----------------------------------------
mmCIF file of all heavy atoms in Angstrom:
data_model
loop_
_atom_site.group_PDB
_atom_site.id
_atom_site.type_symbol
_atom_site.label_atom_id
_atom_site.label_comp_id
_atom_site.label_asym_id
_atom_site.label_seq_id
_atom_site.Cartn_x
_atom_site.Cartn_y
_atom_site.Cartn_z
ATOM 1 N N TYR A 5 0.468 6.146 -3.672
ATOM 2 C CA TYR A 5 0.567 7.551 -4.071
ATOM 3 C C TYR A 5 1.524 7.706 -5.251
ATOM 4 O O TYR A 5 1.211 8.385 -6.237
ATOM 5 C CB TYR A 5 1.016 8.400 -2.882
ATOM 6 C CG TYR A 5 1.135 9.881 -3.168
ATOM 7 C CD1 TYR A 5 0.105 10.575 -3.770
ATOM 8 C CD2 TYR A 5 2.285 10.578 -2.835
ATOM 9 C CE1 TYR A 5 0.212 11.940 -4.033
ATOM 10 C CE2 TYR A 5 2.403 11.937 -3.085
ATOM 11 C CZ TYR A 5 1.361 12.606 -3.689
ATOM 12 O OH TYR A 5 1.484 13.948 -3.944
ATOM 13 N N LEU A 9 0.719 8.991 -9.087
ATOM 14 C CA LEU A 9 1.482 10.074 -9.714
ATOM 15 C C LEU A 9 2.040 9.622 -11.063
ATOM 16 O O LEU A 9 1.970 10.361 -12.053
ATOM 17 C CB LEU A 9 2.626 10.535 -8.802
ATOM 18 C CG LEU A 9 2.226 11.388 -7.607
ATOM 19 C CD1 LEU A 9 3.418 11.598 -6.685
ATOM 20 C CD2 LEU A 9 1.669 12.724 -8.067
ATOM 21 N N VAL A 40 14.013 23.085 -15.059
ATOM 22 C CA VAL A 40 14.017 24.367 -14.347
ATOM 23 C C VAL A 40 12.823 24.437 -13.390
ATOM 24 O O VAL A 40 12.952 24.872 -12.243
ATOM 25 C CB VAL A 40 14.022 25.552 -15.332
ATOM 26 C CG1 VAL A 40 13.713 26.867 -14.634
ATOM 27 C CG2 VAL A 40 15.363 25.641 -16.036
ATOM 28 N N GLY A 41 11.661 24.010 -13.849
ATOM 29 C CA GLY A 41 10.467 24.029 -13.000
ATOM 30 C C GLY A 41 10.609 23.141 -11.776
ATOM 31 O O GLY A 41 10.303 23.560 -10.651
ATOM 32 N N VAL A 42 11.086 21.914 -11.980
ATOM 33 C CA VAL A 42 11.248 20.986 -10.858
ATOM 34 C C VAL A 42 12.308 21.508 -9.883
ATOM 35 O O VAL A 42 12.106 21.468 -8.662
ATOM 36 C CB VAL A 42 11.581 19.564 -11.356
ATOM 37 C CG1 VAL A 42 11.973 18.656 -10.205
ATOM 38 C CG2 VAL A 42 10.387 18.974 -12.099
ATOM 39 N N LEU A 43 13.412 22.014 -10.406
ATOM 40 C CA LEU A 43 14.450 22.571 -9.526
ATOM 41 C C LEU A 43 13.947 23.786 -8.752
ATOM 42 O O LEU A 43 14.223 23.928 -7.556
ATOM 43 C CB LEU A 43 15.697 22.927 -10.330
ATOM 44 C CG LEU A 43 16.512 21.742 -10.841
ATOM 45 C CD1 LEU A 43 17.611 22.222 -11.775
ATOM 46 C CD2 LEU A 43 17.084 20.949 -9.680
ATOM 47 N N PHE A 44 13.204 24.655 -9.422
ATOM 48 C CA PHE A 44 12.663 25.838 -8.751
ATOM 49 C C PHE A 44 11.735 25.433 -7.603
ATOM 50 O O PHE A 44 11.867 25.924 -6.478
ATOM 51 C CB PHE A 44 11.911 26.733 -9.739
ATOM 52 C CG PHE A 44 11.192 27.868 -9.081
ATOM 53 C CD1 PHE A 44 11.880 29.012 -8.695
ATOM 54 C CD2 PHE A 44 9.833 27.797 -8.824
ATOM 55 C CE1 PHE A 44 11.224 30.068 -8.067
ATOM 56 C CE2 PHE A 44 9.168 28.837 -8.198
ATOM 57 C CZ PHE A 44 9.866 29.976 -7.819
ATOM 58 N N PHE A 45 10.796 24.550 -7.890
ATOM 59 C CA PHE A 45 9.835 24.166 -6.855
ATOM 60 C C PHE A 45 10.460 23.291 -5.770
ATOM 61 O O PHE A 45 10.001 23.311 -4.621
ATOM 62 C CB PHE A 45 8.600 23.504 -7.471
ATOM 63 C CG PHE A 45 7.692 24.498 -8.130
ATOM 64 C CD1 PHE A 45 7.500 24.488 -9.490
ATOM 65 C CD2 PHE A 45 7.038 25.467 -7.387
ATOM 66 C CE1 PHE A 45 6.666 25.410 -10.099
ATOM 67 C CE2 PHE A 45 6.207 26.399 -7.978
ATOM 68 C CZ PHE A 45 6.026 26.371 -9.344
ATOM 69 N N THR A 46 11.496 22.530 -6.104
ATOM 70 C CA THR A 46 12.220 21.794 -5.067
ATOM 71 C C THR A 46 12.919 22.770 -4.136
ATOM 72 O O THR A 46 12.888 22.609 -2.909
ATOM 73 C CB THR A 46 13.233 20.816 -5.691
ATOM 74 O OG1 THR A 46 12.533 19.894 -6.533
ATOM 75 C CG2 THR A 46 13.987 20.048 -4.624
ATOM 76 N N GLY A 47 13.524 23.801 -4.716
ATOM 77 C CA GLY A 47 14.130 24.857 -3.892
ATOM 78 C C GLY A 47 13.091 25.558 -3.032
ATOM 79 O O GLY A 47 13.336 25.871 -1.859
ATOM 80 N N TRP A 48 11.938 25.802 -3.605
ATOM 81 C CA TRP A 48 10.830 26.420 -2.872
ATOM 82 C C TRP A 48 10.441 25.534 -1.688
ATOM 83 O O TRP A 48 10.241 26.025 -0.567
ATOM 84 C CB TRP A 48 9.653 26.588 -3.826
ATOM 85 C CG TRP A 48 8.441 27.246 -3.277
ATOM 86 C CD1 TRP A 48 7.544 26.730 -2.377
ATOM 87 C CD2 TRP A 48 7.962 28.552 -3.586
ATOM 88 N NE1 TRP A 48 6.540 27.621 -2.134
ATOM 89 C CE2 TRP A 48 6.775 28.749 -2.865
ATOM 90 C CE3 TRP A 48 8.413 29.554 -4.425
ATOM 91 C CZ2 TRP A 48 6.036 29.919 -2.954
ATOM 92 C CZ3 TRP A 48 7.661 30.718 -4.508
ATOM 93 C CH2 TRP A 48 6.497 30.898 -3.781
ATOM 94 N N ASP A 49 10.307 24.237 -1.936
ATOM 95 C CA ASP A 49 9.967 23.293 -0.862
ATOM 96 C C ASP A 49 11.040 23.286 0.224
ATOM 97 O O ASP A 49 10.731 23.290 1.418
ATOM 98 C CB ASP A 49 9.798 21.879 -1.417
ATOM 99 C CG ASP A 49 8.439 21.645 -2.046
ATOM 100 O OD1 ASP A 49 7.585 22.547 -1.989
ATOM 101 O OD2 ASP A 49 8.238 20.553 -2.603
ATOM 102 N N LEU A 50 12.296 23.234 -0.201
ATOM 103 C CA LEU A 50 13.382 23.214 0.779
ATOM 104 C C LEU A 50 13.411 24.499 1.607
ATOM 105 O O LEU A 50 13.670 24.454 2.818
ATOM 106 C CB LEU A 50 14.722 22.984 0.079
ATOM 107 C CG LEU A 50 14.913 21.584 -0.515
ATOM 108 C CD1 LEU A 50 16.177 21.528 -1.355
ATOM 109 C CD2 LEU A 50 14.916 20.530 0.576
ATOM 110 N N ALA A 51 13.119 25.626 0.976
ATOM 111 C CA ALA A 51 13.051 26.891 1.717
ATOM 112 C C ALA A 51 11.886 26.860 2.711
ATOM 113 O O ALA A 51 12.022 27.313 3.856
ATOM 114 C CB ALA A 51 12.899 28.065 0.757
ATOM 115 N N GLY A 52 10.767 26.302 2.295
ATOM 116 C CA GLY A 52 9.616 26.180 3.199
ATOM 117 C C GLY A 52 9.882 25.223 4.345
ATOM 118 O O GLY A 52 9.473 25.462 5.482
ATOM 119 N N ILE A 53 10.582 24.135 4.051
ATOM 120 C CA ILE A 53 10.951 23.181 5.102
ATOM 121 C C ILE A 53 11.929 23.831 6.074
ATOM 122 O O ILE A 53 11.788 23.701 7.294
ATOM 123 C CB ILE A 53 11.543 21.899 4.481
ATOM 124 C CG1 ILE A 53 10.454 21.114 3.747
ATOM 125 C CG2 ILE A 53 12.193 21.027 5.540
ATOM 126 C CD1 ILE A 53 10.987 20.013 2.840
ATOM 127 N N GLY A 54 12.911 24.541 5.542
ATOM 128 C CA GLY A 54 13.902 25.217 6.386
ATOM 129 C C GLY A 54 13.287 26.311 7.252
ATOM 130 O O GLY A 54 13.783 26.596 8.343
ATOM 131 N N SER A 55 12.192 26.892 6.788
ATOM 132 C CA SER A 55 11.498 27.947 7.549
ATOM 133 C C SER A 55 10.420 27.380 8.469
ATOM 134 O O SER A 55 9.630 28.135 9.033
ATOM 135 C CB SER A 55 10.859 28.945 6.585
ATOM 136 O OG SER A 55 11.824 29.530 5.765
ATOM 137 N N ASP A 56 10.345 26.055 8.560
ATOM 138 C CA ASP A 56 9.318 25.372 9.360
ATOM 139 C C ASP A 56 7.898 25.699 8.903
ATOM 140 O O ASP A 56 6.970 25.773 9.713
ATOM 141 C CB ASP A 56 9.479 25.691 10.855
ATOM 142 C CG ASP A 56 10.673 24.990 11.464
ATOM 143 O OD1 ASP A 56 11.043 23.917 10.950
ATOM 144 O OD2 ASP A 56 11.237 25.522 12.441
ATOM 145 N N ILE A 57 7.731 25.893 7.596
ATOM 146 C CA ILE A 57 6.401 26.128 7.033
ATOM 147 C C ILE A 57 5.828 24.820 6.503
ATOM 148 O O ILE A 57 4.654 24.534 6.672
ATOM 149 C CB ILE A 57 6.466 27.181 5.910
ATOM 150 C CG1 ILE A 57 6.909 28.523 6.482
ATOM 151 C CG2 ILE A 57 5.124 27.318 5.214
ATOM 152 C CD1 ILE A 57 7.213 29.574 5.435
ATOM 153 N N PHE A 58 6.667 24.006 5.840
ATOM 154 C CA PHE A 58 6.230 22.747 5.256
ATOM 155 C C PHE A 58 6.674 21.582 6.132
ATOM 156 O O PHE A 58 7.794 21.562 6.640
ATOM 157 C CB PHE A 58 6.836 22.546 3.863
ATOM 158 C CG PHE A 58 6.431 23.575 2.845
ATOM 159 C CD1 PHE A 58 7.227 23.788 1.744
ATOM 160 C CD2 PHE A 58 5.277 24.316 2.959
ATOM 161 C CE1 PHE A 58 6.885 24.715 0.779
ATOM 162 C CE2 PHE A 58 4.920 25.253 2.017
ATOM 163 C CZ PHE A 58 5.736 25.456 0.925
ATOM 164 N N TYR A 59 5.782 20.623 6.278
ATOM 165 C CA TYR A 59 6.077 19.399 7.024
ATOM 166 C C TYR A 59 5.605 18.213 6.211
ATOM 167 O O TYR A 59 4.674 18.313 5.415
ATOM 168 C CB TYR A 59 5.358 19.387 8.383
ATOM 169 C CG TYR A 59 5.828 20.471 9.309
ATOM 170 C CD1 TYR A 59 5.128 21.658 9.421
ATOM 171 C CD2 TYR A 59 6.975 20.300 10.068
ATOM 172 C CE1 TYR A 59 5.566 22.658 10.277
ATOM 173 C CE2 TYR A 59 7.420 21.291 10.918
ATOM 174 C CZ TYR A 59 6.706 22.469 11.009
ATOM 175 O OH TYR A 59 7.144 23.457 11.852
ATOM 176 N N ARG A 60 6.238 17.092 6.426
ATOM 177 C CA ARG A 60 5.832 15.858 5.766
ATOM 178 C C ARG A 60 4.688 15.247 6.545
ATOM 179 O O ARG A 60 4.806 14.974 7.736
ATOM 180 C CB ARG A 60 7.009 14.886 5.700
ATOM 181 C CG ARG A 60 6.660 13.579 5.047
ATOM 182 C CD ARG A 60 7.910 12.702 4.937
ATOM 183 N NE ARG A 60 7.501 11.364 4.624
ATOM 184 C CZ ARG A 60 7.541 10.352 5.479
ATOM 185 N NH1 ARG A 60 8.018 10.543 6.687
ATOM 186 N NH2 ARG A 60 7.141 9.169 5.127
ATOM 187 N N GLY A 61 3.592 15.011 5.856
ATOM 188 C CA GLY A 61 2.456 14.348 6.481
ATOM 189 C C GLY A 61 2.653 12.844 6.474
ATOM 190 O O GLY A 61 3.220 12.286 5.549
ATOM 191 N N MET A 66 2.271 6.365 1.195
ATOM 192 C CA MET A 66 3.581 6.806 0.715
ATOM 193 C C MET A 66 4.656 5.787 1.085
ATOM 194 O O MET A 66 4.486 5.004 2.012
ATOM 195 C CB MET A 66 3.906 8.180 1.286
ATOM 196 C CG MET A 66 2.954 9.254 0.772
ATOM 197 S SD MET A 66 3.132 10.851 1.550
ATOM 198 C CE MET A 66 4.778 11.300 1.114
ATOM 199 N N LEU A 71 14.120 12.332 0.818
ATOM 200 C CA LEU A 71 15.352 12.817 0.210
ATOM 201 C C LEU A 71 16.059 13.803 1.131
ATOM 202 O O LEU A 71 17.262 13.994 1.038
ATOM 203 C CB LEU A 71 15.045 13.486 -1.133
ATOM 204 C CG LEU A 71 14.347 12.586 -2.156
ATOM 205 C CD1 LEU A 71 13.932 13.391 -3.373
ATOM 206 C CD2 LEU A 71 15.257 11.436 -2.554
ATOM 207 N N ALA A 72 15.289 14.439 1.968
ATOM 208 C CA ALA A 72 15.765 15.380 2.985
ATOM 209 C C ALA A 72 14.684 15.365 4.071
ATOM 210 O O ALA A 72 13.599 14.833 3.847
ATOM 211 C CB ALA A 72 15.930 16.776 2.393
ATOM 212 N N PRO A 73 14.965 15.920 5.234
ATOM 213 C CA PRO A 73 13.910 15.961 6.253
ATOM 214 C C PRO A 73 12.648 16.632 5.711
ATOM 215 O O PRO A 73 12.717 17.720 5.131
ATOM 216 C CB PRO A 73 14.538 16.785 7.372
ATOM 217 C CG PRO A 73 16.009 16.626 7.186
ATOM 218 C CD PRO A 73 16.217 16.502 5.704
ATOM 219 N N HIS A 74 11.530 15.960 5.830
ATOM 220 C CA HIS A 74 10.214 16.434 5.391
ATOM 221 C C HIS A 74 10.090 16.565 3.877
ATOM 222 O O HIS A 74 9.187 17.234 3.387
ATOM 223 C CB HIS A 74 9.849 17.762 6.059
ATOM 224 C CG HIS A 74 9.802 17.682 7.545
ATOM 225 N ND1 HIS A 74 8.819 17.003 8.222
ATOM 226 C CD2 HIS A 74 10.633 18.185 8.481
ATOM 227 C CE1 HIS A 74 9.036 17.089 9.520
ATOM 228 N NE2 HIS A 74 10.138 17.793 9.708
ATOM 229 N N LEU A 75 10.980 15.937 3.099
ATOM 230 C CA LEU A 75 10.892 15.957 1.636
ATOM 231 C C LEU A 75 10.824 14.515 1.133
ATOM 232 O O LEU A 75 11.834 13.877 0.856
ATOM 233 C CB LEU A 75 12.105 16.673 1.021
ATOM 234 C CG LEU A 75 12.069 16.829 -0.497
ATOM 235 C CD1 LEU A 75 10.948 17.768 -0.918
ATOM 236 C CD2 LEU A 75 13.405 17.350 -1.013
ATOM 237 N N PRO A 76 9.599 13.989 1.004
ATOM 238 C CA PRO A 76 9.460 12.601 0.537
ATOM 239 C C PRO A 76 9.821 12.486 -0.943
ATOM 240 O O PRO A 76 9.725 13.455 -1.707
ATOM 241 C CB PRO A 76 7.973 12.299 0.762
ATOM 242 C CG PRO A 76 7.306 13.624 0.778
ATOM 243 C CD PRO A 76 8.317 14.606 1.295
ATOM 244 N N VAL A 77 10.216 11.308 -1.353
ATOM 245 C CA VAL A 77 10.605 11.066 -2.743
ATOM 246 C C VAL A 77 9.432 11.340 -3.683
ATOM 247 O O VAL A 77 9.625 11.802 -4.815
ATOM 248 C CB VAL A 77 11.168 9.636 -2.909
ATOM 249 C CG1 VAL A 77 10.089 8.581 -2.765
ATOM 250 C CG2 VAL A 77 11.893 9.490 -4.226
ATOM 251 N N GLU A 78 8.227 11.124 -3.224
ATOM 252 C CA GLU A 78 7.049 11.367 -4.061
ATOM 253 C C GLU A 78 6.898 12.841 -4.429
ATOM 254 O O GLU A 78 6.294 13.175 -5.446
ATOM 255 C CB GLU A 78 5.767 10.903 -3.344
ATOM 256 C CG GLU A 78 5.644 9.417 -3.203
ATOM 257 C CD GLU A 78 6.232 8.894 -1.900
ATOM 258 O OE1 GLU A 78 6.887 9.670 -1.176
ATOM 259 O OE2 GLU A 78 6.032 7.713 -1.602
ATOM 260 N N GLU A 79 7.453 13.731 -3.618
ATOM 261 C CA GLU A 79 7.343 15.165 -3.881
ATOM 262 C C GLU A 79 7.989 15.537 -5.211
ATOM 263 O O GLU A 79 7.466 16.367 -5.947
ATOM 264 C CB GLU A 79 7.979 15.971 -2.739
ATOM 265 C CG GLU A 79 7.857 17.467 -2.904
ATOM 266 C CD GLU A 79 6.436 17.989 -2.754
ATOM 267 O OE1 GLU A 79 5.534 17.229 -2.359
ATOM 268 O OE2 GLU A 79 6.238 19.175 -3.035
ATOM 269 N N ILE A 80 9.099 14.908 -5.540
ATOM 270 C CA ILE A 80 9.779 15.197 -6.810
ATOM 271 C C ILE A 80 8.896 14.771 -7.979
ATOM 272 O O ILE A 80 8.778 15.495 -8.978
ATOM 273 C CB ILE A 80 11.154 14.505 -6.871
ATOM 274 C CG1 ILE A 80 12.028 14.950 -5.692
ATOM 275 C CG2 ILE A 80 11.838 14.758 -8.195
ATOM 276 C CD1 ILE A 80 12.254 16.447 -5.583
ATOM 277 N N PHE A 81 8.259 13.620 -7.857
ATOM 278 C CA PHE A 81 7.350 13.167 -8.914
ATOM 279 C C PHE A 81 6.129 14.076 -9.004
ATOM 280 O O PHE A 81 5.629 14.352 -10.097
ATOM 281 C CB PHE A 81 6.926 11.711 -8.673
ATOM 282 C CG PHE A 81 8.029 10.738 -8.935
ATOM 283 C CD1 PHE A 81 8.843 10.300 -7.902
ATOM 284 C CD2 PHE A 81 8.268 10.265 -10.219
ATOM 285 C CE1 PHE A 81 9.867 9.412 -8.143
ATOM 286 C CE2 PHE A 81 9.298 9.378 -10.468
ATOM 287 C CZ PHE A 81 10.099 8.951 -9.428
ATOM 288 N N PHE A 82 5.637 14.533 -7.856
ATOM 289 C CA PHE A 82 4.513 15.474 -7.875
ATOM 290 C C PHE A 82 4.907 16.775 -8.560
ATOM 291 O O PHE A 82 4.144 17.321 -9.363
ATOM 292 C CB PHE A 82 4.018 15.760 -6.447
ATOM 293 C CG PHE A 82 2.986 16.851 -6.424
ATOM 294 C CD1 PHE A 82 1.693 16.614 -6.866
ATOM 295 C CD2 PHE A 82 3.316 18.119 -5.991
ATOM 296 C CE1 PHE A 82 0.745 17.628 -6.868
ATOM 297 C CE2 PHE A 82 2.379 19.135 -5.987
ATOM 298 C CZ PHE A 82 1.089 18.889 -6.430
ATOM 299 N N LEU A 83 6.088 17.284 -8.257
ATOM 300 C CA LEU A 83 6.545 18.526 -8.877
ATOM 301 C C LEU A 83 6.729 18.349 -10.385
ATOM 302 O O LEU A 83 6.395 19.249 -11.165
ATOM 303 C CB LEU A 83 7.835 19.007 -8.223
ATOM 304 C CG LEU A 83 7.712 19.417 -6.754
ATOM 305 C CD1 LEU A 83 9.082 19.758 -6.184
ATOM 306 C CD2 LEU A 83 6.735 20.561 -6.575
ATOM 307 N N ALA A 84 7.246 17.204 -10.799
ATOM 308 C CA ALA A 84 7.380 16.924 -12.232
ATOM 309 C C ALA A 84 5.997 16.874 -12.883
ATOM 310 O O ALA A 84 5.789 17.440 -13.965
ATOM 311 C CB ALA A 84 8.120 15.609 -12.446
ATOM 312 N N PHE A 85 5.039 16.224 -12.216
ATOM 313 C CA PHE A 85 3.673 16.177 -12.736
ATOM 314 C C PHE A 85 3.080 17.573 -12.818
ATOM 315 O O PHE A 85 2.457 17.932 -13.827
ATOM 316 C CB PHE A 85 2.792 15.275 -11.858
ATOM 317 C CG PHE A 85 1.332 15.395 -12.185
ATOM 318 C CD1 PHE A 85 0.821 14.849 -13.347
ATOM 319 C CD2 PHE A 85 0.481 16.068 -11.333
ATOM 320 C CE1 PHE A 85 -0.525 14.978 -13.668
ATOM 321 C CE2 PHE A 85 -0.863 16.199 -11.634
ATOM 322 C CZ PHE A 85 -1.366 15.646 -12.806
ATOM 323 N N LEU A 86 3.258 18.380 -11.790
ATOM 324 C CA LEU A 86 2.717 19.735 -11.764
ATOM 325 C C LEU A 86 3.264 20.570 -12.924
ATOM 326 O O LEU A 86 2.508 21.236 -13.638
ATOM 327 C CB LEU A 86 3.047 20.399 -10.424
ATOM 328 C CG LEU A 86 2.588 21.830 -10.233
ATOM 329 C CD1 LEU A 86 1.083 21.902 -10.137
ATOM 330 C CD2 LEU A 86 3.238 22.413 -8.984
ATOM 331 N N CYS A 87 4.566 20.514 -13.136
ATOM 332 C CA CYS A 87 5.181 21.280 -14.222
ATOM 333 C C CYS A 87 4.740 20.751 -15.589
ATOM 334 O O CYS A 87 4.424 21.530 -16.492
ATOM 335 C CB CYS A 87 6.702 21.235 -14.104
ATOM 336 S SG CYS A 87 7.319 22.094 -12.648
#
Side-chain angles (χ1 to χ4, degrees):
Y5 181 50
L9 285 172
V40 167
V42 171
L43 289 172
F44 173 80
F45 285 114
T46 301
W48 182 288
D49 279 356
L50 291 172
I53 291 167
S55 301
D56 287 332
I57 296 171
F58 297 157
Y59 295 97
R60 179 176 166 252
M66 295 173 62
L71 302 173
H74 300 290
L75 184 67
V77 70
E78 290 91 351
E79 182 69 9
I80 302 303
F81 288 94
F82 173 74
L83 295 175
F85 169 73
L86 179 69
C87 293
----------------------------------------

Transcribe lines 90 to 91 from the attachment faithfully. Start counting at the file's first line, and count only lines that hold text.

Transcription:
ATOM 77 C CA GLY A 47 14.130 24.857 -3.892
ATOM 78 C C GLY A 47 13.091 25.558 -3.032